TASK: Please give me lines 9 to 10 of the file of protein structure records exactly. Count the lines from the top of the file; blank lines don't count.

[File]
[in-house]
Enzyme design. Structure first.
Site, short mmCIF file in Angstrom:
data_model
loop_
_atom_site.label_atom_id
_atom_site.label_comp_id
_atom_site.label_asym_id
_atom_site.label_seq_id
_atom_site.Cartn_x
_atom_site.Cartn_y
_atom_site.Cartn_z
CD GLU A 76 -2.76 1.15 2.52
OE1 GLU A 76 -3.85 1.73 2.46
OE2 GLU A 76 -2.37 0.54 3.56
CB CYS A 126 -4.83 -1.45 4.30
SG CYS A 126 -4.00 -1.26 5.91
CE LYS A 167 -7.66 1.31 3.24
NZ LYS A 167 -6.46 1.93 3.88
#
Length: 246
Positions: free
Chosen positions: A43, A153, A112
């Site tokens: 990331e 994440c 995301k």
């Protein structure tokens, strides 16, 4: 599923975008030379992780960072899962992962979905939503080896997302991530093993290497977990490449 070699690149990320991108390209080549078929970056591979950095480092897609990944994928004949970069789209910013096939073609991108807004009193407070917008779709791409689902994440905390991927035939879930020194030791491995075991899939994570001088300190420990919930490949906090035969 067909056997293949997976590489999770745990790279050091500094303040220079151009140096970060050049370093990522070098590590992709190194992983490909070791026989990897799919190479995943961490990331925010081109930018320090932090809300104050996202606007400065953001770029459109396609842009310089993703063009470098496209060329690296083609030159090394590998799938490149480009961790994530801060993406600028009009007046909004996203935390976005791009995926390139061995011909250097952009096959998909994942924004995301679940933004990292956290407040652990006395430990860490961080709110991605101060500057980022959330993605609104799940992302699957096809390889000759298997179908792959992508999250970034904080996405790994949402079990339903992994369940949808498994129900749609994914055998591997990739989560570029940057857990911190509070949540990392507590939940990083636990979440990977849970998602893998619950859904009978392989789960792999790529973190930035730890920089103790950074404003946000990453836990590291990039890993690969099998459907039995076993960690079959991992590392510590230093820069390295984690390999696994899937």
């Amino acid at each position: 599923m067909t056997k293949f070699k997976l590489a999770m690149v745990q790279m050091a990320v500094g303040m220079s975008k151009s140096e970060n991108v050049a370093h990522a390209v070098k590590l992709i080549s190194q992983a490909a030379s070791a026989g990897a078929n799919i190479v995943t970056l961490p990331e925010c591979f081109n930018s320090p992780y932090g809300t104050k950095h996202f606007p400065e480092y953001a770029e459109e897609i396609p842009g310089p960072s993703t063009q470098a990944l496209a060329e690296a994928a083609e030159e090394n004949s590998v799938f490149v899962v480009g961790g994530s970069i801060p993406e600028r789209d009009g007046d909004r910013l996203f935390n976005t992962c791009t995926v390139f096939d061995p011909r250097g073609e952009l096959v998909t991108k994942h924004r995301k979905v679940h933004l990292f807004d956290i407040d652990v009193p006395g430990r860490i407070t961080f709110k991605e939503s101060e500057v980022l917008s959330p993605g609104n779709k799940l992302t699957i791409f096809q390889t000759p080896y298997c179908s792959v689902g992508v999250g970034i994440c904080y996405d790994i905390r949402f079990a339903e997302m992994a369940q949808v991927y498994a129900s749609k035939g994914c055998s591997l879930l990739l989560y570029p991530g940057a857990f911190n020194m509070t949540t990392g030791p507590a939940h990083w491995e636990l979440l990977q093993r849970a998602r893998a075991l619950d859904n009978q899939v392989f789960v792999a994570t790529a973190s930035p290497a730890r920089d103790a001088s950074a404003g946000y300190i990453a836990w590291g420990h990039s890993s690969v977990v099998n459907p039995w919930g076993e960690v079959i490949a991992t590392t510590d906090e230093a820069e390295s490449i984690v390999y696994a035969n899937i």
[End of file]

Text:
_atom_site.label_seq_id
_atom_site.Cartn_x